People with an intellectual disability often lack an understanding of social rules. And that puts them at higher risk of financial, physical, emotional and sexual abuse.
There are ways to help, made stronger when families and educators work together.
That’s the message social worker Theresa Fears brought to Walla Walla recently at the invitation of Walla Walla Public Schools and Walla Walla Valley Disability Network.
Fears works for The ARC of Spokane, part of the national ARC — once known as the Association of Retarded Citizens — founded nearly 70 years ago. Now the nonprofit organization has 700 chapters around the country to support people with intellectual and developmental disabilities. The organization is known for its advocacy work and for changing public perception of children with those disabilities.
As her Walla Walla audience tucked into a provided dinner of enchiladas, rice and beans, Fears expounded on the grim statistics.
Research shows the population of people are four to 10 times at higher risk for sexual abuse, and that among people age 12 to 15, those with disabilities had a rate of violent victimization at least twice that as people without disabilities. Adult men and women with cognitive disabilities face serious risk of sexual assault and violence at much higher rates than nondisabled people.
Data shows more than a third of sex abuse perpetrators are friends, acquaintances and co-workers; 32 percent are relatives; 27 percent are disability professionals; and 8 percent are strangers.
Fears, who travels around the region for her job, works to help vulnerable teens and young adults understand how to avoid those abuses.
Her focus for the past 12 years has been training teachers and others in her self-designed curriculum, “Healthy Relationships: The secret sauce for a good life.”
It’s a free, eight-week, abuse-prevention course, created to be used in schools and aimed at students receiving special education services.
The need for such a curriculum became apparent to the social worker when she served on a committee that evaluated sex-abuse prevention materials, Fears told her audience.
“I was disappointed that none were good for students with special needs.”
To give those teens a shot at real life, parents and teachers have to help them navigate social rules about relationships — all kinds of relationships, from family to friends to employers to strangers, Fears said.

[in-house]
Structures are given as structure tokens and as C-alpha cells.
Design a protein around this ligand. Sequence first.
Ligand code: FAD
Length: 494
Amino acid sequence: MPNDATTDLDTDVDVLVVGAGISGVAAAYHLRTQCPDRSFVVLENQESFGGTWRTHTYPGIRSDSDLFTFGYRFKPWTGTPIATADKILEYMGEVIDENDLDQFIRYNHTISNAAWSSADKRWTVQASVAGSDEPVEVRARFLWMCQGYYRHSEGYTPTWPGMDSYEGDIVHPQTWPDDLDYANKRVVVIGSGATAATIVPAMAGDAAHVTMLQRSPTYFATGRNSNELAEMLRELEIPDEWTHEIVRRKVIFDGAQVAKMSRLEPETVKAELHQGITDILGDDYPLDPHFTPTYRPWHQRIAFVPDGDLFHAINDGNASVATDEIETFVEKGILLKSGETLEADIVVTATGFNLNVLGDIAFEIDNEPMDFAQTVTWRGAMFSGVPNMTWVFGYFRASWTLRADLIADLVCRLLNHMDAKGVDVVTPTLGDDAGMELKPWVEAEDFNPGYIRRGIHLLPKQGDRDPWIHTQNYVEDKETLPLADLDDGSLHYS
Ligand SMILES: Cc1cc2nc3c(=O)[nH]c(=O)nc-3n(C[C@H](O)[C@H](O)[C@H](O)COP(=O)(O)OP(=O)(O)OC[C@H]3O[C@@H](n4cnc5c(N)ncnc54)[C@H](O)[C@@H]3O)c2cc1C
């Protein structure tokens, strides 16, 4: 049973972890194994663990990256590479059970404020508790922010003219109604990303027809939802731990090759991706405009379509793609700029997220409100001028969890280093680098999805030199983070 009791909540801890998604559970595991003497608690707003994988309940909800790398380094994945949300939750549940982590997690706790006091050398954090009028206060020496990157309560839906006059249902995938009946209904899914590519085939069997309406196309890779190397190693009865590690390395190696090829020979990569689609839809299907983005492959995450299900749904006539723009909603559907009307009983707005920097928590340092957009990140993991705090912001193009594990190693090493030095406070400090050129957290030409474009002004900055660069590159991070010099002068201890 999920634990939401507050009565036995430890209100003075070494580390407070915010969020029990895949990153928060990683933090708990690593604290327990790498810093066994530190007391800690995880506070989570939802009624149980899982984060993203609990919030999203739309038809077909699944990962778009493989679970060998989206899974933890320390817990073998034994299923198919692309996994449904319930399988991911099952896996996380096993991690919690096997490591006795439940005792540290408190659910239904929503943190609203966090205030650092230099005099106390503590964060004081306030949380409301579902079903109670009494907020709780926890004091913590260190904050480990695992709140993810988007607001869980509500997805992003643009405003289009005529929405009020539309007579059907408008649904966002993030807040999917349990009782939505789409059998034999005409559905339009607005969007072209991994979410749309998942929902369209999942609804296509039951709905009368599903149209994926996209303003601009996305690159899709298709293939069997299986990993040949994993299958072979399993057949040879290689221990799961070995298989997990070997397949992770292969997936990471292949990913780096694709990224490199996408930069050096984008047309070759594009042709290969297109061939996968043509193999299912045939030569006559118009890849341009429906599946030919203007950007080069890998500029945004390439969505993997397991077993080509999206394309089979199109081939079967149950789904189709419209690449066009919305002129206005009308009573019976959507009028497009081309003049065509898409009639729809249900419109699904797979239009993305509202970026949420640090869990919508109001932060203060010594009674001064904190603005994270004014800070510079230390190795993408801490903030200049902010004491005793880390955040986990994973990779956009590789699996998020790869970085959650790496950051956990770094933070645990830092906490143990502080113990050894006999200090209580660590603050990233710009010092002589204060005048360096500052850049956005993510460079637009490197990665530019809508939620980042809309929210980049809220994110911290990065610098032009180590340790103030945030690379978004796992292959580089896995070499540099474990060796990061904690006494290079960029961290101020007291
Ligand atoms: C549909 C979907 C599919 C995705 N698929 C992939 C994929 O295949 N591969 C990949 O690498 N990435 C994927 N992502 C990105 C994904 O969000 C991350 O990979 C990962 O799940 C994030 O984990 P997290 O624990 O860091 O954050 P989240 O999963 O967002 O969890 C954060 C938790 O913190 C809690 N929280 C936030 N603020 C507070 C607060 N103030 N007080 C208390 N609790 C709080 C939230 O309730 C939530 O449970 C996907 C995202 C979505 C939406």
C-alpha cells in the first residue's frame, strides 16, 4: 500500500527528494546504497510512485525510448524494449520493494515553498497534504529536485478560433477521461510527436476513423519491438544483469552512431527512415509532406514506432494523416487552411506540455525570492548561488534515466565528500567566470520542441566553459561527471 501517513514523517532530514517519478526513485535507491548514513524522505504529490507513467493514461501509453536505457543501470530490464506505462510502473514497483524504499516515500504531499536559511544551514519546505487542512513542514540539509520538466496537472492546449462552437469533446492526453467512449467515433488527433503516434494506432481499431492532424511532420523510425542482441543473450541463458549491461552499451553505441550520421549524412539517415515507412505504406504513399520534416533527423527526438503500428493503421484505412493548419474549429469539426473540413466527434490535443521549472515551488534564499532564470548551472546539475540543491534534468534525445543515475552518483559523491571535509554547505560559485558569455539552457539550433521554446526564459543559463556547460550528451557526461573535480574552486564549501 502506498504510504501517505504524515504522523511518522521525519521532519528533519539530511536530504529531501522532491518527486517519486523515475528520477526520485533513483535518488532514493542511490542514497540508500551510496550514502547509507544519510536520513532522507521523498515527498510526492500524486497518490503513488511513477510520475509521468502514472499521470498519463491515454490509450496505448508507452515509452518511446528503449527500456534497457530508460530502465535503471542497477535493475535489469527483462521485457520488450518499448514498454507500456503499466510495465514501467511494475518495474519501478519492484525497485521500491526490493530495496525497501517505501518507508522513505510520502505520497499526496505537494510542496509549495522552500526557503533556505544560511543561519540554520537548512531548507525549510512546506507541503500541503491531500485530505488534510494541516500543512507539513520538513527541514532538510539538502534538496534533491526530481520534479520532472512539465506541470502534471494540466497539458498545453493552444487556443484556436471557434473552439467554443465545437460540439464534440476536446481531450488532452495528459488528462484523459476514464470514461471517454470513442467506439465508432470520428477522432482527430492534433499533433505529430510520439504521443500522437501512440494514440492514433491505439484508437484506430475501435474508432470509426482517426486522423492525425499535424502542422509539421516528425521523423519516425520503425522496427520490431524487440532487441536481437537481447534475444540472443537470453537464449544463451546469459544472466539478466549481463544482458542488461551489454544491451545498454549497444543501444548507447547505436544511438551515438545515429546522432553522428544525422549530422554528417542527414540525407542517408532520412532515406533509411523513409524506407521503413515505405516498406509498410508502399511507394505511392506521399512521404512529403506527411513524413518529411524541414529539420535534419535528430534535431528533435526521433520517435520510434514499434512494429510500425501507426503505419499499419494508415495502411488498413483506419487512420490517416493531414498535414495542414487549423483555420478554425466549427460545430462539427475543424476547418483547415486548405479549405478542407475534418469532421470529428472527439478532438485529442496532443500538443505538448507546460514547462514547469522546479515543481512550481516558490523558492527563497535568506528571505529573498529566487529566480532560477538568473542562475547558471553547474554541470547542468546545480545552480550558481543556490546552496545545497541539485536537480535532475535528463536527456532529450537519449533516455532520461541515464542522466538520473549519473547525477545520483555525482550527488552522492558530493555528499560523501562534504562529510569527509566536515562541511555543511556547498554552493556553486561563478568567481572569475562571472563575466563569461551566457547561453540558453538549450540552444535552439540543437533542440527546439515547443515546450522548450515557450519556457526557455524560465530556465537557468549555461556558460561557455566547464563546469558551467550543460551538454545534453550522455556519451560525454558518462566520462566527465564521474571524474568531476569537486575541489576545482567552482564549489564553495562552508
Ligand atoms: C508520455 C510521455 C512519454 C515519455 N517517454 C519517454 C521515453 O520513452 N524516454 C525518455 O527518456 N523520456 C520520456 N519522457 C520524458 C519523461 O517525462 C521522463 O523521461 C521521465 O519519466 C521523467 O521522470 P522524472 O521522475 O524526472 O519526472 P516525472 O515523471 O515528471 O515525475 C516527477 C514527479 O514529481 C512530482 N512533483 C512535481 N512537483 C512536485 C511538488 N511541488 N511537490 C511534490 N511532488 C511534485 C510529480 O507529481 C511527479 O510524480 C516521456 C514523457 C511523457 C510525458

Social norms are not so visible to kids with disabilities. Often they get separated from their neurotypical classmates almost as soon as they enter school. That, she noted, prevents special education students from getting to know the ‘“rules of the road,” including the difference in types of relationships.
The resulting can spell confusion and trouble, even putting people in unsafe relationships, Fears pointed out.
But with informed coaching, young people with disabilities can understand how to be professional at work, to make and keep friends and to avoid harmful people, she said.
The “Healthy Relationships” workbook uses illustrations to help students understand the difference between friends, acquaintances and romantic partners.
Fears offered the group an example: An acquaintance may be friendly, but if you only see them at work or they are with you as part of their job, those folks are not friends, she said.
This knowledge is helpful in teaching people with intellectual disabilities to be good employees, Fears said.
“‘Why are you at work? To do a job, not to meet dates. Not to socialize.’”
And what does a good social life look like, she queried her audience.
“‘If you live in Spokane and you meet someone online in California, that is not a real relationship.’”
Healthy relationships have to include respect, trust and mutual choices. They cannot include control, disrespect or dishonesty, Fears told the group.
Her curriculum also has games like “Body Parts Bingo,” to teach students anatomically-correct names. Should sex abuse occur, it gives the girl or boy with cognitive disabilities more credibility with police if they have practiced words like “penis” and “breast,” Fears said.
None of what her program teaches is considered sex education, nor is that the goal, she noted.
“I’m not going to touch that. When I roll in, I can’t know where a student is developmentally for sex ed. That needs to be explicit, it needs to start early … and parents have to back it up.”
Relationship education, on the other hand, supports success in the workplace, promotes stable relationships and decreases the possibility of abuse. Those are things every parent want for every child, Fears said.
“Seven-eighths of this class is healthy, healthy, healthy. One-eighth is about recognizing dangerous relationships and getting help.”
Her years of investment in “Healthy Relationships” is paying off, Fears said Thursday.
“I’m OK that it took time to build momentum, giving me time for research and development. There are enough pieces in place to do some serious good.”